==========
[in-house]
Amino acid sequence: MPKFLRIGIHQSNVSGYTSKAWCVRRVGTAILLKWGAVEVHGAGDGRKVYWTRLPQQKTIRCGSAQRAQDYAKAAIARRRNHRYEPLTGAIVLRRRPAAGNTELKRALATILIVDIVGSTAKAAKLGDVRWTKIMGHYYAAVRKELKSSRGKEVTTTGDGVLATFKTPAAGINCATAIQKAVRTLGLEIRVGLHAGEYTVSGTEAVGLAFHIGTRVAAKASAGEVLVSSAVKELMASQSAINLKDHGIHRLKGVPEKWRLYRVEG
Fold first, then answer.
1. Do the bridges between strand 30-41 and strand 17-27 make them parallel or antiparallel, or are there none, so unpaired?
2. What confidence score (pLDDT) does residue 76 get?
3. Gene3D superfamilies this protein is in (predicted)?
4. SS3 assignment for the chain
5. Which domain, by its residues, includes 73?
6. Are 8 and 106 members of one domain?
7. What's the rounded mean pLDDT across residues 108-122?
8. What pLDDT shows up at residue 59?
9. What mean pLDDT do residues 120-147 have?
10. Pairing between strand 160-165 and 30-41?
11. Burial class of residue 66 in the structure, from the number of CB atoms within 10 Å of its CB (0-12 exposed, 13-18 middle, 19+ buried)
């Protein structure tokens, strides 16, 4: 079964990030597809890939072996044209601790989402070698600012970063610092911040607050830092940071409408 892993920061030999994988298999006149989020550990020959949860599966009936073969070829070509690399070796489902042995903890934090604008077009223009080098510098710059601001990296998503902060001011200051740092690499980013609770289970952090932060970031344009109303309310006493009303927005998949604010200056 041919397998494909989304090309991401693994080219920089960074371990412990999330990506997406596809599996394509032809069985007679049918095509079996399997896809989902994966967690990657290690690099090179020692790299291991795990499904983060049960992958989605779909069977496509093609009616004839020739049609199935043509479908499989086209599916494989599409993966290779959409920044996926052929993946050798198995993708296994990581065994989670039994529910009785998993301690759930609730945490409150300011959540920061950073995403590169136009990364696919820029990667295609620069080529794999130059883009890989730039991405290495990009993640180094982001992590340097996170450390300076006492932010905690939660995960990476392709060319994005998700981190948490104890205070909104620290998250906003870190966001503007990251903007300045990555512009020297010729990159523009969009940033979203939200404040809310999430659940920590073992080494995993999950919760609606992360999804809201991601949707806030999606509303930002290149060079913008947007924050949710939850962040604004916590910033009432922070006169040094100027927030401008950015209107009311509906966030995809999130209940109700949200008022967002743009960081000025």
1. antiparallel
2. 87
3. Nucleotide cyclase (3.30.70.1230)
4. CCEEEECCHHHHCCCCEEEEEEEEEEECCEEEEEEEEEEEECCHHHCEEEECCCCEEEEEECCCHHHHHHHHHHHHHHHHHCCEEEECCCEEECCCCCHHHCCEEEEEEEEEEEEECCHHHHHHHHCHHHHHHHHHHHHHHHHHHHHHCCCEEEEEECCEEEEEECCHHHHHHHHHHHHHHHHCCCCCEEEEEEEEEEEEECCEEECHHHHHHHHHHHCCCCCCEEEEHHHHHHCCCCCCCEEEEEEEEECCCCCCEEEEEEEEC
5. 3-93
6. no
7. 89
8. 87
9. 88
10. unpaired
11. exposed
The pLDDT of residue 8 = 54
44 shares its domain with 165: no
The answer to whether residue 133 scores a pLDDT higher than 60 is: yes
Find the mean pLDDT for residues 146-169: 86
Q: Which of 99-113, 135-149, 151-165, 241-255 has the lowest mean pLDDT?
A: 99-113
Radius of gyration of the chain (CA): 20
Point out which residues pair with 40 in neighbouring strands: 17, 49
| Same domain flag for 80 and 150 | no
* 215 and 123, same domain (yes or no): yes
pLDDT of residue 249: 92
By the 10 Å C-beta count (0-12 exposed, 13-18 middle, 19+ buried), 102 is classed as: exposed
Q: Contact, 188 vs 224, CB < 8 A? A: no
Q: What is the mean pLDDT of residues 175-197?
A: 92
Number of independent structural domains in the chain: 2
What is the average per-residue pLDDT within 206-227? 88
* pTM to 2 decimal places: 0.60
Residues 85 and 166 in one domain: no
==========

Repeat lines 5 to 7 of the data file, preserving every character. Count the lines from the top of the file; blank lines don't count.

2. What confidence score (pLDDT) does residue 76 get?
3. Gene3D superfamilies this protein is in (predicted)?
4. SS3 assignment for the chain